17th October 2017

Last month we were delighted to welcome Professor John Curtice, Professor of Politics at the University of Strathclyde, and Senior Research Fellow at NatCen Social Research, for the latest in our series of #LutherNetwork events.

John started proceedings by looking at how attitudes towards Brexit were reflected in how people voted in the 2017 General Election, an election that Prime Minister Theresa May precipitated in order to secure a mandate for her vision of the UK’s future relationship with the EU.

John took the guests through a feast of fascinating data showing how divisions between Remain and Leave voters intensified during the election campaign, and translated into a hung parliament. Although the Conservatives gained support amongst Leave voters, they lost ground amongst Remain supporters. Labour, in contrast, advanced disproportionately amongst those who voted Remain.  Equally, the Conservatives won votes amongst those who prioritised controlling immigration over access to the single market and those most concerned about the cultural consequences of immigration, while Labour did rather better amongst those of the opposite view.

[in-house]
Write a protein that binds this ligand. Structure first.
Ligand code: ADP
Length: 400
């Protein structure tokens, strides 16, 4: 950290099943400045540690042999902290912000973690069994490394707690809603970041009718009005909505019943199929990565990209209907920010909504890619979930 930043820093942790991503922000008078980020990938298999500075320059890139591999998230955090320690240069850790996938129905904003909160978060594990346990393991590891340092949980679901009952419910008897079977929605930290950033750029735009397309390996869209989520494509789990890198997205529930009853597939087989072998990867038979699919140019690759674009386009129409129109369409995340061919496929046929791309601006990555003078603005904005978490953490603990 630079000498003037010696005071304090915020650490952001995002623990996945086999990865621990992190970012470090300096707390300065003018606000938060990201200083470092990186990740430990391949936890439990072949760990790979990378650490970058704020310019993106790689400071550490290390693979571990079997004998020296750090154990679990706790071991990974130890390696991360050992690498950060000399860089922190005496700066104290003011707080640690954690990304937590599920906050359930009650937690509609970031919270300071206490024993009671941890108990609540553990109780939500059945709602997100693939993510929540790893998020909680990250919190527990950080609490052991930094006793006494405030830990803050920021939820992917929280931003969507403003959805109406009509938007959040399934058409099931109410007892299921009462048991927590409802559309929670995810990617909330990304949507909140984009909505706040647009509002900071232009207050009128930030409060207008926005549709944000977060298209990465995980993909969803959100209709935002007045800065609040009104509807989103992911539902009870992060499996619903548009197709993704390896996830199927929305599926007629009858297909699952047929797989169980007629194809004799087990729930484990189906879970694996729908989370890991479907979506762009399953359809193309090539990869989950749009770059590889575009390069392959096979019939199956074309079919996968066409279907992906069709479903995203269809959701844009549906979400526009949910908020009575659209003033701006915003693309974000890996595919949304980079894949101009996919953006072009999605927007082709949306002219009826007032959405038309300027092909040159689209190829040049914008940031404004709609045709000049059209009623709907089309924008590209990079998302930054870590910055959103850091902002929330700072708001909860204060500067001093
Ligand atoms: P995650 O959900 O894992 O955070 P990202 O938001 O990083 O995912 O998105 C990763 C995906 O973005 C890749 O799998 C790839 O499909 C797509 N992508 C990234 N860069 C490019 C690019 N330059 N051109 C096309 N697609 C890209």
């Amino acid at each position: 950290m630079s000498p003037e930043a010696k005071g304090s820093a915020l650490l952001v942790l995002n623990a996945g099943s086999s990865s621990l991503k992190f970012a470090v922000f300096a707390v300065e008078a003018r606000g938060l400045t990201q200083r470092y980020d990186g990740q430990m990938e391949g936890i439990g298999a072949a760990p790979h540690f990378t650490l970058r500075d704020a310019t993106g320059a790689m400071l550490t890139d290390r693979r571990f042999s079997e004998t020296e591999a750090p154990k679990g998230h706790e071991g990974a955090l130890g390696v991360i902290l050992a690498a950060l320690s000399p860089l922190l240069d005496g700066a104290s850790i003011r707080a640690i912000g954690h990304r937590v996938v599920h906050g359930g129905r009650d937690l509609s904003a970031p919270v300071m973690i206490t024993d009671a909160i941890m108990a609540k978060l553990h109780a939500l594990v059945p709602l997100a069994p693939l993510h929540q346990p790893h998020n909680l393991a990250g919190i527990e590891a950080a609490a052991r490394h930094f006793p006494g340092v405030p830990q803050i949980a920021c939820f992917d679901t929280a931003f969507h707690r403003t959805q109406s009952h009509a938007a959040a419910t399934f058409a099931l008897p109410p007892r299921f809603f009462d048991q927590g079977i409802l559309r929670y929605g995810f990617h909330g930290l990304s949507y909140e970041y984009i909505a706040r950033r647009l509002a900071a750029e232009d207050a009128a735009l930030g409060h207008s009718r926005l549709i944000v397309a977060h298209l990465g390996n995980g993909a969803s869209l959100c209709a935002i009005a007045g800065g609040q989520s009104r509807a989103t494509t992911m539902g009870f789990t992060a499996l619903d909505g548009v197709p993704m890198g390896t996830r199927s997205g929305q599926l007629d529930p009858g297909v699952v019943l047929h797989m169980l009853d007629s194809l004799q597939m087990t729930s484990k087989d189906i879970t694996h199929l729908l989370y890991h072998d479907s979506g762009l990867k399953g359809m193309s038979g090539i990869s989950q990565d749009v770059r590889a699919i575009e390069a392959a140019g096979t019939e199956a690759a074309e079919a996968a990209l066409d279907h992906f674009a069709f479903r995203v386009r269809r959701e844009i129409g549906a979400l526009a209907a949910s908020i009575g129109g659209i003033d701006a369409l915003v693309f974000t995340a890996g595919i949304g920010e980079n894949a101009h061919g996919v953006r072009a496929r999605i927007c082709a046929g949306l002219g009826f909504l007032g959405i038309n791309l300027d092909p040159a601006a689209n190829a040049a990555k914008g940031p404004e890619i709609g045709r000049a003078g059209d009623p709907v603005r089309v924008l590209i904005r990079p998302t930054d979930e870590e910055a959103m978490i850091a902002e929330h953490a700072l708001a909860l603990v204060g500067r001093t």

These trends were a key reason, along with attitudes towards grammar schools and tuition fees, why younger voters swung towards Labour while older voters moved towards the Conservatives. Age is now bigger electoral divide in Britain than social class. At the same time the debate about Brexit also helped ensure that the Conservatives lost the graduate vote in the recent election.

John finished by suggesting that Labour’s central problem at the moment is how to balance the votes of its young, metropolitan, university educated and liberal electorate (the main reason for Labour’s electoral gain) and its more traditional, working-class vote, who largely voted to ‘leave.’ The Conservatives, on the other hand, have a tension between their traditional paymasters in business who want to see a ‘soft’ Brexit, retaining as much single market access as possible, and their voters, who are primarily interested in controlling immigration. John finished by saying that, intriguingly, the Labour party now seems in many respects to reflect the views of big-business more closely than do the Conservatives.

Our thanks go to John and our guests for joining us.

The next #LutherNetwork event will be with Ian King, Business Presenter, Sky News, on the 29th November 2017.

If you would like to find out more about Luther Network events, including information on how to attend, please email events@luther.co.uk